What does the future hold?
One might postulate the future directions of the sexuality research field as follows:
1. Populations. Beyond the classic gender focus, age—especially middle age and beyond—will emerge as a particularly significant focus of human sexuality research; so too will research focusing on ethnic/cultural groups and sexual minorities, both within and outside of the United States.
2. Institutions. Here the focus will be on sexuality and policy development and implementation, especially as configured and/or constrained by certain institutions such as the school, prisons, faith-based institutions, and the internet.
3. Processes/Experiences/Language. Research will address the cognitive, analytic, and discursive elements of sexual functioning, response and behavior, with the pharmaceutical context emerging as crucial. As well, an experiential focus on sexuality will be emphasized, as in arousal, desire, pain, and coercion.
4. Sexuality in time and space. In this regard, the disciplines of history, psychology, and anthropology will probably continue to represent the majority of sexuality research in the social sciences, and as such, the research gaze will include: sexuality across the life span, sexual development and socialization, and sexuality within historical contexts, as in “looking back” to assess the historical significance of prior social movements, struggles and processes.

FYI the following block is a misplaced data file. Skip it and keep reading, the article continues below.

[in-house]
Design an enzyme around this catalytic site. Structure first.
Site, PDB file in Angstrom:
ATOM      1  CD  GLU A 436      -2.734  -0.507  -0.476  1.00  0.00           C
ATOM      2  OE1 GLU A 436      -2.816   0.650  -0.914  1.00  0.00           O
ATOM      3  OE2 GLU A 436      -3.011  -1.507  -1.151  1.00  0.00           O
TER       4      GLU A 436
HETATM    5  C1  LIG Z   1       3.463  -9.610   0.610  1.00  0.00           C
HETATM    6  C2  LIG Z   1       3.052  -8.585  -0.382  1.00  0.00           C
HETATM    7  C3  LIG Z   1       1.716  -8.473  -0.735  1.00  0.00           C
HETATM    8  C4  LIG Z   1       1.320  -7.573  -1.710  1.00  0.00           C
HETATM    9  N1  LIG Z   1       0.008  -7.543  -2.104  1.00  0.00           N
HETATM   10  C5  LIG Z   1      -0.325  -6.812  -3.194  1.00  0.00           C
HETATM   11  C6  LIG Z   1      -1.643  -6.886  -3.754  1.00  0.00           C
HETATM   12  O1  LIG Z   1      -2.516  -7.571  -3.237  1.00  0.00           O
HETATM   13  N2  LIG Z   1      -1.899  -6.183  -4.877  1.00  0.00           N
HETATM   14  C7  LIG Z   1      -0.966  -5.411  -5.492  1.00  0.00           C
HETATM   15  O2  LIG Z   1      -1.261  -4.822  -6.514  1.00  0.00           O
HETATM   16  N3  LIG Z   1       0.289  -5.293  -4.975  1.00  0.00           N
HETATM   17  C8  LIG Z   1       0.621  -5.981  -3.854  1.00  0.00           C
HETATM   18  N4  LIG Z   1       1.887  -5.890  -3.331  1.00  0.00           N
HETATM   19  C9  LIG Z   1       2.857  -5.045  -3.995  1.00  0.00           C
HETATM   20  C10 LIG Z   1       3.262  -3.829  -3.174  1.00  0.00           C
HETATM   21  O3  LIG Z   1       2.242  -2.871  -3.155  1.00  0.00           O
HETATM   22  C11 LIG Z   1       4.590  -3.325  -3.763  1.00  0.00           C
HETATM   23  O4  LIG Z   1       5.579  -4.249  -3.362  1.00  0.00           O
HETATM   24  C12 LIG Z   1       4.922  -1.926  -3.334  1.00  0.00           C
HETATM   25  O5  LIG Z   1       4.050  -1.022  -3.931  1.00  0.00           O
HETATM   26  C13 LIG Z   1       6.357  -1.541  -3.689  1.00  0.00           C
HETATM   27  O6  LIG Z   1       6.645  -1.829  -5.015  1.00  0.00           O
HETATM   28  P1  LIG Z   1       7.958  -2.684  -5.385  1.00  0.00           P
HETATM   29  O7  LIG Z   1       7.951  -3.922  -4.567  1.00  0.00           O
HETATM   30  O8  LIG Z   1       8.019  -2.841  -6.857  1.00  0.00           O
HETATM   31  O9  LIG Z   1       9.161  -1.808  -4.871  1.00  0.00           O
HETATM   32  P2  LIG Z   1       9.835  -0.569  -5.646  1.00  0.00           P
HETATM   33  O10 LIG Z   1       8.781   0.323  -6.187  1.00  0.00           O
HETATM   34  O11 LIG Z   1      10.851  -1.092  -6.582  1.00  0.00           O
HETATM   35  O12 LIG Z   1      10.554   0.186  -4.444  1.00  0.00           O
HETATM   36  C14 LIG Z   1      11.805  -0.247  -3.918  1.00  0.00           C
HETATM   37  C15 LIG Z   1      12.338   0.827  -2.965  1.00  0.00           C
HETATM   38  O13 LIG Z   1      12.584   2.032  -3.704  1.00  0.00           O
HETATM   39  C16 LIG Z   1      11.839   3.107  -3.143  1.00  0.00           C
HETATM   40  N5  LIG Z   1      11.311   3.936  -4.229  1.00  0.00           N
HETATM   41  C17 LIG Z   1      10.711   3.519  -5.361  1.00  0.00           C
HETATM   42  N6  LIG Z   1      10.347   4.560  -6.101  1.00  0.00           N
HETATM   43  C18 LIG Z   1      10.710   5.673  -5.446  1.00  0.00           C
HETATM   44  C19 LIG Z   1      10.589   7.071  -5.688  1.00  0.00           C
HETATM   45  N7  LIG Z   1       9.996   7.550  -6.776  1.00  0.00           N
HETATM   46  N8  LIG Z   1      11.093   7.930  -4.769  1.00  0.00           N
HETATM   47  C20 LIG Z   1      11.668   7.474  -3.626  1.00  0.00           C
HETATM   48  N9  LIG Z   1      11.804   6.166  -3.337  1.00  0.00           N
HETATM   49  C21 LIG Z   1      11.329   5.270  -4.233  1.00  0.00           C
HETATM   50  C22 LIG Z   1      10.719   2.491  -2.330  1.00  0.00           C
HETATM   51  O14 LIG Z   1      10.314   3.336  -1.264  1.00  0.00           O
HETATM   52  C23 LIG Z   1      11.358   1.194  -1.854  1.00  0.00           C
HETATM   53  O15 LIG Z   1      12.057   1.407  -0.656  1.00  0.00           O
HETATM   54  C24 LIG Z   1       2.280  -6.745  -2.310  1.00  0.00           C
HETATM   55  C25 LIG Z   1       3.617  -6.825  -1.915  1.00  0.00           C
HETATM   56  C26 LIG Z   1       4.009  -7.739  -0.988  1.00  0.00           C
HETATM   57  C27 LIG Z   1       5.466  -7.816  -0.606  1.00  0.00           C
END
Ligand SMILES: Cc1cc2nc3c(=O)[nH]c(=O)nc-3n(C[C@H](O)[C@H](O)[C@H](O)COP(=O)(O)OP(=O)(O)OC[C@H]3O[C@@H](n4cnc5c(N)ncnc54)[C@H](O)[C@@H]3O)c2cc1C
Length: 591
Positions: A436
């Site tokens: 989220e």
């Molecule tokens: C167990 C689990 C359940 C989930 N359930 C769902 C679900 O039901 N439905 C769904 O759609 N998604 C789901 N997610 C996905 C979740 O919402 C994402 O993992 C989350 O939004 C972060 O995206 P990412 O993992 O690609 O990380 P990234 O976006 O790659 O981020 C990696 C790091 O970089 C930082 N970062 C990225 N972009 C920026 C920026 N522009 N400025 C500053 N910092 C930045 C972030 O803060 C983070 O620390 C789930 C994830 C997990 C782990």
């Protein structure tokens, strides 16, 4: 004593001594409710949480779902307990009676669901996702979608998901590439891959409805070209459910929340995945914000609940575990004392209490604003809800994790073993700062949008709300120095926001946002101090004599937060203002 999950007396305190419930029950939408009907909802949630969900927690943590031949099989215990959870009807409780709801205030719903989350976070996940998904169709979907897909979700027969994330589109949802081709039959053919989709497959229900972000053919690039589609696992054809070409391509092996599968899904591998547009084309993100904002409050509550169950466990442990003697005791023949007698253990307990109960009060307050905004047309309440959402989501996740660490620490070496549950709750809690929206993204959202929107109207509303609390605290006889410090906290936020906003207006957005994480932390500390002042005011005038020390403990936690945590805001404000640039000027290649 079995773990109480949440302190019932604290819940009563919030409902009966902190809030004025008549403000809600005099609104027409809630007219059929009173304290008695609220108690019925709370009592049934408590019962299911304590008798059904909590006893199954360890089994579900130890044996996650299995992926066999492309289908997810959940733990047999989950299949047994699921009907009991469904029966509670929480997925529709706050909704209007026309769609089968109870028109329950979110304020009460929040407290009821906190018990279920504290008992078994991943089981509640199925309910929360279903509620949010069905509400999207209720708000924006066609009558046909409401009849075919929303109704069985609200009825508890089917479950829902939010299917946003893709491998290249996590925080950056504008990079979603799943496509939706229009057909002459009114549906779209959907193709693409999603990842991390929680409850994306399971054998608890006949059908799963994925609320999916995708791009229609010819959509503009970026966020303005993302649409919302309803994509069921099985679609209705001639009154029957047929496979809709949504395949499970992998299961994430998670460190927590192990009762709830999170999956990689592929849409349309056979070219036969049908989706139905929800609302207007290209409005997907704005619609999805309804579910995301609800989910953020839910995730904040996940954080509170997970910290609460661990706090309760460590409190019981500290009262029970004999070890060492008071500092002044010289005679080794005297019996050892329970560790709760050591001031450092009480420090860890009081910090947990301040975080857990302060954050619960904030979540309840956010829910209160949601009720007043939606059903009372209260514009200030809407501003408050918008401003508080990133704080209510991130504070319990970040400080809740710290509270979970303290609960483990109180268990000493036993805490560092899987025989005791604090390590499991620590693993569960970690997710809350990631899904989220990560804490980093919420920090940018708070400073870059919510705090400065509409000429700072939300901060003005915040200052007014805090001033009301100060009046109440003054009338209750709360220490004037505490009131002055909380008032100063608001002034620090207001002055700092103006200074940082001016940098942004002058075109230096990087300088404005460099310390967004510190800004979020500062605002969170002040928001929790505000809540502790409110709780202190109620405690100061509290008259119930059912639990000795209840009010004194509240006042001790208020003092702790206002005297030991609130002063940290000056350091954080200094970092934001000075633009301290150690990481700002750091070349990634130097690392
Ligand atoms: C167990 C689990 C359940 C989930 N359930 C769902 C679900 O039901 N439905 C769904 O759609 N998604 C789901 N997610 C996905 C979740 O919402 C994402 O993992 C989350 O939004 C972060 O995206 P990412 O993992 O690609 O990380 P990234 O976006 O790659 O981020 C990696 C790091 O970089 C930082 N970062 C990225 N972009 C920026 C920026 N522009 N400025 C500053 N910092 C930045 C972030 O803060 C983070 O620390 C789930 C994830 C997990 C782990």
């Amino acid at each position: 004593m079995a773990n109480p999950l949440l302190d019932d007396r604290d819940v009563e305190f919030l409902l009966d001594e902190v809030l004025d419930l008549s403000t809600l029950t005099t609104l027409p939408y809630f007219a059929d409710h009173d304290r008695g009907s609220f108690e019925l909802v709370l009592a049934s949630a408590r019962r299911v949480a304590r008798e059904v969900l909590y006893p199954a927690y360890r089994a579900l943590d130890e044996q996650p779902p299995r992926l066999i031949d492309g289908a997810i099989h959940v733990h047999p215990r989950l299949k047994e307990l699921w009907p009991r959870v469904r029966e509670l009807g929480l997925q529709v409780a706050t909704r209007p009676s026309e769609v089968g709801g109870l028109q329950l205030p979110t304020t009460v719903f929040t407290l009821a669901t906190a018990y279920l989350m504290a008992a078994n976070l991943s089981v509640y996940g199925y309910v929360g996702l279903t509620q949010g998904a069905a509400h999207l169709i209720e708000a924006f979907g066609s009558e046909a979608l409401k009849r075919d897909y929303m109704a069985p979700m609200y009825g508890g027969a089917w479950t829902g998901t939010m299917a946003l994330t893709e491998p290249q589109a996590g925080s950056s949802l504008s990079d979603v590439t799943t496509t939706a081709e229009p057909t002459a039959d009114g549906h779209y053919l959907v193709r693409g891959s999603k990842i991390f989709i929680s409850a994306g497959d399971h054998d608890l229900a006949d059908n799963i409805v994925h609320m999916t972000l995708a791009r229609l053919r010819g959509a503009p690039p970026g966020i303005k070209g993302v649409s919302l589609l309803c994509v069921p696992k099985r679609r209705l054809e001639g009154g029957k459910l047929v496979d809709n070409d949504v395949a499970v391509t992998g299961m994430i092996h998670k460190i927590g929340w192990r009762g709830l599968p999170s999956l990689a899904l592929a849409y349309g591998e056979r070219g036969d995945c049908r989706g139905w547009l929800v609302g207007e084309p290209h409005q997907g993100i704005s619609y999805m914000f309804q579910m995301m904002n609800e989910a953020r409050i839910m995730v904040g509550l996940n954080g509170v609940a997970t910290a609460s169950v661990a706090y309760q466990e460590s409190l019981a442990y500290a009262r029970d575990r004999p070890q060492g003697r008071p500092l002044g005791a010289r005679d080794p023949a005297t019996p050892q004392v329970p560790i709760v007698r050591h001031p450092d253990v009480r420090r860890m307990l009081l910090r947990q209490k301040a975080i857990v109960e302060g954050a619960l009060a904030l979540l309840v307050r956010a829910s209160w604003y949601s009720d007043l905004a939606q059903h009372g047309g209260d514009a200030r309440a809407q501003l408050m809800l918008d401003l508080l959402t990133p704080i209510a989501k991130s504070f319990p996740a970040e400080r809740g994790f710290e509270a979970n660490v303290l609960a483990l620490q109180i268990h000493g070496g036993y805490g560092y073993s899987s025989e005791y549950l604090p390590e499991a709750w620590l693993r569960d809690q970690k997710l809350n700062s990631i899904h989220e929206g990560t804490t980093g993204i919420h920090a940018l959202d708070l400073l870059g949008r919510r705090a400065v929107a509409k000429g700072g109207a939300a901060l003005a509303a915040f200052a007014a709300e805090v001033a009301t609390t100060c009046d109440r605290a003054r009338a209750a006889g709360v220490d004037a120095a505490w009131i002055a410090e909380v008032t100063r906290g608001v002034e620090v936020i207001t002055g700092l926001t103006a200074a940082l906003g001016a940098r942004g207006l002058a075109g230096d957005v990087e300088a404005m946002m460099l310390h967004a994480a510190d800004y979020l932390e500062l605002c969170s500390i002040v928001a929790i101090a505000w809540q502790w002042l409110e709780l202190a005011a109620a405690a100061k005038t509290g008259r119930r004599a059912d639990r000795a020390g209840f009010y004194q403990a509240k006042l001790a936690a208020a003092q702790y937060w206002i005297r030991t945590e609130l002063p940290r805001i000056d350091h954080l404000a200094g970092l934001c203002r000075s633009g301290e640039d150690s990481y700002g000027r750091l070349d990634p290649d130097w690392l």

5. Movements. Closely related to policy research, research initiatives will focus on medicalization, urbanization, industrialization, and globalization. There will continue to be a significant expansion of research on social movements and sexual politics—especially identity politics within the arena of sexual and human rights, activism, and advocacy work.
While it is difficult to convey the significance of these sea changes in the field of sexuality research as a direct impact of the SRFP program, it is safe to conclude that the contributions of SRFP to strengthening the field of sexuality research are enormous and will continue to be considerable in the coming decades.
An agreement has been reached with the Kinsey Institute for Research in Sex, Gender and Reproduction (KI) at Indiana University to archive all of the SRFP program files and resource materials with the KI Archival Department. The collection includes fellowship applications (approximately 100 per year), SRFP fellow files and publications of supported work, and material pertaining to the selection process and the SRFP fellows’ annual conferences. The SRFP is pleased that its collection will reside in such good hands, as an integral component of the extensive archival collections currently housed at the Kinsey Institute.
Diane di Mauro has worked over 20 years in the field of human sexuality, specializing in the areas of sexuality research and education. She is currently the program director of the MAC AIDS Fund Leadership Initiative at Columbia University and UCLA, as well as assistant professor of clinical sociomedical sciences and the cofacilitator of the sexuality and health MPH specialized degree track at Columbia University. Di Mauro served as program director of the Sexuality Research Fellowship Program (SRFP) from 1995 to 2006. She is the author of Sexuality Research in the United States: An Assessment of the Social and Behavioral Sciences (SSRC, 1995).
This essay originally appeared in Items & Issues Vol. 6, No. 1–2 in the winter/spring of 2007–2008. Visit our archives to view the original as it first appeared in the print editions of Items.